Spotlight on senior speaker Luke Baker
Luke Baker’s first reaction to seeing the email that invited nominations for senior speaker was “I’m not going to do it. I’m not going to do it.”
“My brother was senior speaker in 2009 and I didn’t want to try to follow him again,” said Baker. “I used to follow him all over the place … I even followed him to Le Moyne!
“So I kept thinking to myself, ‘I’m not going to do it’ but then I started reflecting on my time at Le Moyne, (which you do a lot senior year, especially spring semester) and I just started to think about how I felt about Le Moyne and realized I have a message that I want to share.”
As a communications major and music minor, Baker is used to “putting [himself] out there,” sharing information and connecting with others.
Although Baker started at Le Moyne with the goal of becoming a broadcaster, he has since discovered a passion for the production aspect. Now, as a video production concentration, he spends most of his time behind the camera and in the editing room.
Musically, Baker is involved in the Le Moyne College Singers, and he is one of the co-founders of Fermata Nowhere, Le Moyne’s a cappella group, which Baker calls his “passion” and his “baby.”
In addition to all of these activities, Baker has been a member of the men’s swim team for four years.
“I came to Le Moyne knowing that I would be on the swim team, and I was a captain this year, which was really fun,” he added.
When Baker finally decided to try to become senior speaker, he had to fill out the application, which featured questions such as “Why are you a representative for your class?” or “What does a Jesuit education mean to you?”
When Baker first looked at the application, he recalled thinking, “Okay, what do they want to hear?” But his attitude changed once he began to answer the questions.
“It was actually so easy. Then, during my run-through, I proposed the beginning and ending of the speech I’d give at commencement, and I talked about what I would leave the audience with,” Baker said. “You want to share your Le Moyne experience, but you want to do it in a way so that people can say, that’s my Le Moyne experience too. You can’t go up there and just talk about yourself. No one wants to hear that. No, you have to go up there and say this is what Le Moyne means to me, and to you.”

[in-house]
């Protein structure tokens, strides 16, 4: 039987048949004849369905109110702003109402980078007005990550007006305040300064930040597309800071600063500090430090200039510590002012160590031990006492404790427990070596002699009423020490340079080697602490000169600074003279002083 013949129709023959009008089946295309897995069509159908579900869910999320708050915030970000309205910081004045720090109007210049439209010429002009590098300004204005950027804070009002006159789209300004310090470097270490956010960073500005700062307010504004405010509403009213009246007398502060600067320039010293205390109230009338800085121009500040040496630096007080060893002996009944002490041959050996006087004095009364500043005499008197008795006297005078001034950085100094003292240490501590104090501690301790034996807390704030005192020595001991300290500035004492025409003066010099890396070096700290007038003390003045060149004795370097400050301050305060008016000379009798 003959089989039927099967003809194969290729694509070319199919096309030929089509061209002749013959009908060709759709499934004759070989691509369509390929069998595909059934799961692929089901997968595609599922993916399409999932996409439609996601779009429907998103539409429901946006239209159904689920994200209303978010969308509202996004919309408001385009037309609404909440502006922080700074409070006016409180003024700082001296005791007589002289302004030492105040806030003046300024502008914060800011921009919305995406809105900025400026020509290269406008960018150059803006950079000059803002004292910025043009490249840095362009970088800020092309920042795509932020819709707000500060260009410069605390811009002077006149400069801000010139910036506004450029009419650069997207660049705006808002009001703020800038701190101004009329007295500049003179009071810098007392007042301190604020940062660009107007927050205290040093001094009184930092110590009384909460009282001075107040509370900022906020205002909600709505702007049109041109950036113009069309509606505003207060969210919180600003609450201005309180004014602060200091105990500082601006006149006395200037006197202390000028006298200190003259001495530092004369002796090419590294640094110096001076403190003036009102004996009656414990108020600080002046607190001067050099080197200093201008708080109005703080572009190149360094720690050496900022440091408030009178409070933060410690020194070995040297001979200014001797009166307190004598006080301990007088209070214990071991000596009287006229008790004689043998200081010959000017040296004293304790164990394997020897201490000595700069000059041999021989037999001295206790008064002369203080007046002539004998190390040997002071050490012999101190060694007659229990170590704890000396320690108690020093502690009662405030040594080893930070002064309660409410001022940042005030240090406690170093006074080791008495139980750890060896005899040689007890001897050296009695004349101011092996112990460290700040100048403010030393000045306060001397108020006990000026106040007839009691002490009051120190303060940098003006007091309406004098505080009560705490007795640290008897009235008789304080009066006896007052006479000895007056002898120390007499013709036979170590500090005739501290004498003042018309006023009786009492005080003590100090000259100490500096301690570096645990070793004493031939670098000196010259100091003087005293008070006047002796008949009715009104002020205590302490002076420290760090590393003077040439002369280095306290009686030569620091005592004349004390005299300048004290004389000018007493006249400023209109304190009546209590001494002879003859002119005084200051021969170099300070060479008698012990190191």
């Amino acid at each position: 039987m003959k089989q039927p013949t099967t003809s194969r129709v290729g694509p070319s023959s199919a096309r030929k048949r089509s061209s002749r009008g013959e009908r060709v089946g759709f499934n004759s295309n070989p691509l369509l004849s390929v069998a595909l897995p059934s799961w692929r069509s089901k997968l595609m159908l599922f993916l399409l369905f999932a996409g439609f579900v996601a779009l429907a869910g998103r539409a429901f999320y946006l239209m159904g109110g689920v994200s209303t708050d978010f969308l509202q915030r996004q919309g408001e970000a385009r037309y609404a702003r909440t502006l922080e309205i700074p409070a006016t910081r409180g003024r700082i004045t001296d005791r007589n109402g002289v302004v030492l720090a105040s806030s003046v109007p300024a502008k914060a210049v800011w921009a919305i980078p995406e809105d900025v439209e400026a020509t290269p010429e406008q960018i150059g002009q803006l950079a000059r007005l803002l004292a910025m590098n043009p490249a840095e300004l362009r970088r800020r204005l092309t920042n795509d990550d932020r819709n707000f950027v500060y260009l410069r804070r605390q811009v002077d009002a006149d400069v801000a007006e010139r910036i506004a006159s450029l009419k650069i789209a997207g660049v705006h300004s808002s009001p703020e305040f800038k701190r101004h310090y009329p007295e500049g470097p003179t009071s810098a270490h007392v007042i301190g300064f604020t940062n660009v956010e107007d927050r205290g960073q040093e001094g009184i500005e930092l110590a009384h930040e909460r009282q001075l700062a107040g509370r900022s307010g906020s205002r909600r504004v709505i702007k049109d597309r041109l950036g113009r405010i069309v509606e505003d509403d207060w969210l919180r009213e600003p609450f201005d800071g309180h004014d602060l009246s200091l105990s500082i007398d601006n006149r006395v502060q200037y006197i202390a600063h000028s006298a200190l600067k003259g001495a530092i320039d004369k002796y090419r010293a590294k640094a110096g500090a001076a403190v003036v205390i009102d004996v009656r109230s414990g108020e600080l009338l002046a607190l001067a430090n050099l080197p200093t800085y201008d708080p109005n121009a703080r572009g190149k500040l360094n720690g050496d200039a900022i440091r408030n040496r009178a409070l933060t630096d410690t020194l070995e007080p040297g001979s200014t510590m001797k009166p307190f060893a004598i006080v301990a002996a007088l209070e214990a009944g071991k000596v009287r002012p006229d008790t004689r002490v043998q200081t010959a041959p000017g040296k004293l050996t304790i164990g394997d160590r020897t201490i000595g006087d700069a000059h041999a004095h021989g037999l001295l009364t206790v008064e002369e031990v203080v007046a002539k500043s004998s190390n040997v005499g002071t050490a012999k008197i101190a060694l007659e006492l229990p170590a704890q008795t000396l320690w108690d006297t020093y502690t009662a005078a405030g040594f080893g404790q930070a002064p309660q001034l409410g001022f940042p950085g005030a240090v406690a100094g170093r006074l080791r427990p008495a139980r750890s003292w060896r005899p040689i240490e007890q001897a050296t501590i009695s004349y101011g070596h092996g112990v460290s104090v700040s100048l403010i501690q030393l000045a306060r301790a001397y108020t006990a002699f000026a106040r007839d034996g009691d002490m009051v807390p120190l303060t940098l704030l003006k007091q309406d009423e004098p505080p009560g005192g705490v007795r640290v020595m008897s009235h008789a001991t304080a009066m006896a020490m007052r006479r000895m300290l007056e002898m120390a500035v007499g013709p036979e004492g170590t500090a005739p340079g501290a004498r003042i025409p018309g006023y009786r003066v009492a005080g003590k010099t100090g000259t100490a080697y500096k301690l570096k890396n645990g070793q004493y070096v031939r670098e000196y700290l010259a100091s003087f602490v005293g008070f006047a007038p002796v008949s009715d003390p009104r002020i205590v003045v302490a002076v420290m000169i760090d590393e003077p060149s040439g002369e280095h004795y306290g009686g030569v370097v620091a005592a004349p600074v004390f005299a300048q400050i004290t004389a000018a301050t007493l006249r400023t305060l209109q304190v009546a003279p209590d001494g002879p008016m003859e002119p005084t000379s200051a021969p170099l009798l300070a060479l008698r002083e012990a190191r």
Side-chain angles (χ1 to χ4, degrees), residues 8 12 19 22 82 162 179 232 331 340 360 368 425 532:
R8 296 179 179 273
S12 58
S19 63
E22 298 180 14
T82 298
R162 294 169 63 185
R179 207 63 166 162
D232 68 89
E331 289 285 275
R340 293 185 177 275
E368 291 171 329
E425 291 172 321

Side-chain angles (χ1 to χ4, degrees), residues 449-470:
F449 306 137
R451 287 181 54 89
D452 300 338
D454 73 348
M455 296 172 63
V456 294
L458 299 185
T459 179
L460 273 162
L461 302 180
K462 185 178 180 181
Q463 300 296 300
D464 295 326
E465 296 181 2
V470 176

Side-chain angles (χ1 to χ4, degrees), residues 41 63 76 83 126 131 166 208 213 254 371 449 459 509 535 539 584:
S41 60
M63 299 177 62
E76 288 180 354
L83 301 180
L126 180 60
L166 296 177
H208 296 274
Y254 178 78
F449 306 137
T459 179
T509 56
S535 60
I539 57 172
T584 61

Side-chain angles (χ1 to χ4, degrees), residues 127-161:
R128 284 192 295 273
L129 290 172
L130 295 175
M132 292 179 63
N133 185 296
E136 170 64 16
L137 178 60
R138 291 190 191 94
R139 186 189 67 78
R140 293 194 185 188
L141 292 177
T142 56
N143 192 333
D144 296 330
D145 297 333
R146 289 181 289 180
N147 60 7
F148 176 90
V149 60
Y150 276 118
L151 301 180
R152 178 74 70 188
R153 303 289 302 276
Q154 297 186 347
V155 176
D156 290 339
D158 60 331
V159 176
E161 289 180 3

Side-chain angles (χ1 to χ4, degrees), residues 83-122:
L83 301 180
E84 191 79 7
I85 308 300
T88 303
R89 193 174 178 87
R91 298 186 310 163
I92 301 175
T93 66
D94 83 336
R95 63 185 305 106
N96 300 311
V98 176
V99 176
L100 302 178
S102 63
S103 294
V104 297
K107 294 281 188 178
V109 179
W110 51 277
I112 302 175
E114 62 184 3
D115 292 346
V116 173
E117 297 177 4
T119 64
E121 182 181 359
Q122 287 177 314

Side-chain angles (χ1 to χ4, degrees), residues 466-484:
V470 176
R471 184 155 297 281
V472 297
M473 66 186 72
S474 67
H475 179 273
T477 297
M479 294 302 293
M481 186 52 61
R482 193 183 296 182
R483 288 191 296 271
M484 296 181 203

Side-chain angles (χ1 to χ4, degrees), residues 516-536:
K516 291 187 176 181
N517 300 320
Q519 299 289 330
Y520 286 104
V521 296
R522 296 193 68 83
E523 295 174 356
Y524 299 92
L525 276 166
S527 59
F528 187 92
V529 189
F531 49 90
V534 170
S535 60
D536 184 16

Baker remembers finding out that he would be senior speaker the day after Dolphy Day, saying, “I was on the phone with my mom, and I saw that I got an email from Barb Karper, so I said, ‘Can you hold on a second, Mom?’ and after I checked the email, I got to tell her right then ‘I’m senior speaker!’ It was perfect timing.”
When asked to reflect on his senior year, Baker noted the relationships, the community and sometimes, the stress.
“Senior year has been stressful in a lot of ways,” he said. “You’ve been working for three years already, so professors know you have this base. What I like most, though, is that you can remember those times when you were a freshman and a senior helped you along — you can do that for someone else now, really take someone under your wing … the relationships that are forged at Le Moyne are really incredible. People talk about senior year winding down … it doesn’t wind down, it comes to a screeching halt! I think senior week will be the time to really wind down though, it should be fun.”
Baker currently has a lot on his plate, as he is hoping to find a job or internship in video production after graduation.
“I don’t think I’m going to go to grad school,” he said. “Communications is all experience, and grad school can give you the connections for that experience but I want to get right into it. I want to use video in a way that promotes something that I love, even doing promotional videos for a college like Le Moyne would be fun. But I really want to be a producer, I would love to say, ‘well we need this here,’ and doing the organizing, scheduling, getting things together, being kind of the boss. It’s nice to be able to move things around, and see that new world take shape in front of you.”
Though Baker is looking forward to the next chapter, graduation is bittersweet.
“It’s really like you’re leaving a family,” he said. “In a lot of ways it’s like when you are leaving your home the first time for college. Yes, there are opportunities, and new relationships, and new people that you are going to meet, but you’re still leaving a family.”
“Le Moyne is such a special place, it’s comfortable, and I think everyone likes being comfortable, so to leave … I have this pit in my stomach right now,” Baker added. “People are warm here, and people are caring here. But, I know I’ll able to come back, so that’s the silver lining!”